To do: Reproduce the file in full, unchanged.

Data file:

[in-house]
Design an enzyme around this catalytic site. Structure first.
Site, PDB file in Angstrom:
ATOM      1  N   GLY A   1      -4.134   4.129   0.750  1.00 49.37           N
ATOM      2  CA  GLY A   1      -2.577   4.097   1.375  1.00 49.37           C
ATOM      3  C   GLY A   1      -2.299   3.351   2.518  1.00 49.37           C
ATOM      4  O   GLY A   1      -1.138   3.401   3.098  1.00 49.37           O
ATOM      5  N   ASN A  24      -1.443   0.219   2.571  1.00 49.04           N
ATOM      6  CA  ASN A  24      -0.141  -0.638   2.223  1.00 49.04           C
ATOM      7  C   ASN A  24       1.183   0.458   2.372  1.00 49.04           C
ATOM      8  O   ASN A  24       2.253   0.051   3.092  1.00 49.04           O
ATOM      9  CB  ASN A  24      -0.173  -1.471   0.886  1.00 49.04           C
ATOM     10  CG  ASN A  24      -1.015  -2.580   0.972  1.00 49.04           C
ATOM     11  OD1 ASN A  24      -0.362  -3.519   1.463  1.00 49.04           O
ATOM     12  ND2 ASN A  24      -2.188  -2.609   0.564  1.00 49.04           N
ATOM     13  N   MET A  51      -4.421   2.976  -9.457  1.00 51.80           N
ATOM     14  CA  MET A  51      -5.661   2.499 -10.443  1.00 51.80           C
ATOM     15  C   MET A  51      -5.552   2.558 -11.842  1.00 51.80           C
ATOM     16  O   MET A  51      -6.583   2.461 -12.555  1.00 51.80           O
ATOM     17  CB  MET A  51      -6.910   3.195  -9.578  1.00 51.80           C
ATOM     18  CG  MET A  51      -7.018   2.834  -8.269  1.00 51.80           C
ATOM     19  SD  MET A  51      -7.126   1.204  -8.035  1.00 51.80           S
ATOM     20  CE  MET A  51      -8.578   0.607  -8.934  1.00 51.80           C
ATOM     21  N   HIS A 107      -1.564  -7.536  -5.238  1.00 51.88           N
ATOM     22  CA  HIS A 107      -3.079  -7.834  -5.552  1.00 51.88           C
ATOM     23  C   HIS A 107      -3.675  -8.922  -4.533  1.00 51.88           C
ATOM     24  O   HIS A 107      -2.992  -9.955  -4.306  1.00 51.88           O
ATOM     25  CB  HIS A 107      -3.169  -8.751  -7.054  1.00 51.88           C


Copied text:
[in-house]
Design an enzyme around this catalytic site. Structure first.
Site, PDB file in Angstrom:
ATOM      1  N   GLY A   1      -4.134   4.129   0.750  1.00 49.37           N
ATOM      2  CA  GLY A   1      -2.577   4.097   1.375  1.00 49.37           C
ATOM      3  C   GLY A   1      -2.299   3.351   2.518  1.00 49.37           C
ATOM      4  O   GLY A   1      -1.138   3.401   3.098  1.00 49.37           O
ATOM      5  N   ASN A  24      -1.443   0.219   2.571  1.00 49.04           N
ATOM      6  CA  ASN A  24      -0.141  -0.638   2.223  1.00 49.04           C
ATOM      7  C   ASN A  24       1.183   0.458   2.372  1.00 49.04           C
ATOM      8  O   ASN A  24       2.253   0.051   3.092  1.00 49.04           O
ATOM      9  CB  ASN A  24      -0.173  -1.471   0.886  1.00 49.04           C
ATOM     10  CG  ASN A  24      -1.015  -2.580   0.972  1.00 49.04           C
ATOM     11  OD1 ASN A  24      -0.362  -3.519   1.463  1.00 49.04           O
ATOM     12  ND2 ASN A  24      -2.188  -2.609   0.564  1.00 49.04           N
ATOM     13  N   MET A  51      -4.421   2.976  -9.457  1.00 51.80           N
ATOM     14  CA  MET A  51      -5.661   2.499 -10.443  1.00 51.80           C
ATOM     15  C   MET A  51      -5.552   2.558 -11.842  1.00 51.80           C
ATOM     16  O   MET A  51      -6.583   2.461 -12.555  1.00 51.80           O
ATOM     17  CB  MET A  51      -6.910   3.195  -9.578  1.00 51.80           C
ATOM     18  CG  MET A  51      -7.018   2.834  -8.269  1.00 51.80           C
ATOM     19  SD  MET A  51      -7.126   1.204  -8.035  1.00 51.80           S
ATOM     20  CE  MET A  51      -8.578   0.607  -8.934  1.00 51.80           C
ATOM     21  N   HIS A 107      -1.564  -7.536  -5.238  1.00 51.88           N
ATOM     22  CA  HIS A 107      -3.079  -7.834  -5.552  1.00 51.88           C
ATOM     23  C   HIS A 107      -3.675  -8.922  -4.533  1.00 51.88           C
ATOM     24  O   HIS A 107      -2.992  -9.955  -4.306  1.00 51.88           O
ATOM     25  CB  HIS A 107      -3.169  -8.751  -7.054  1.00 51.88           C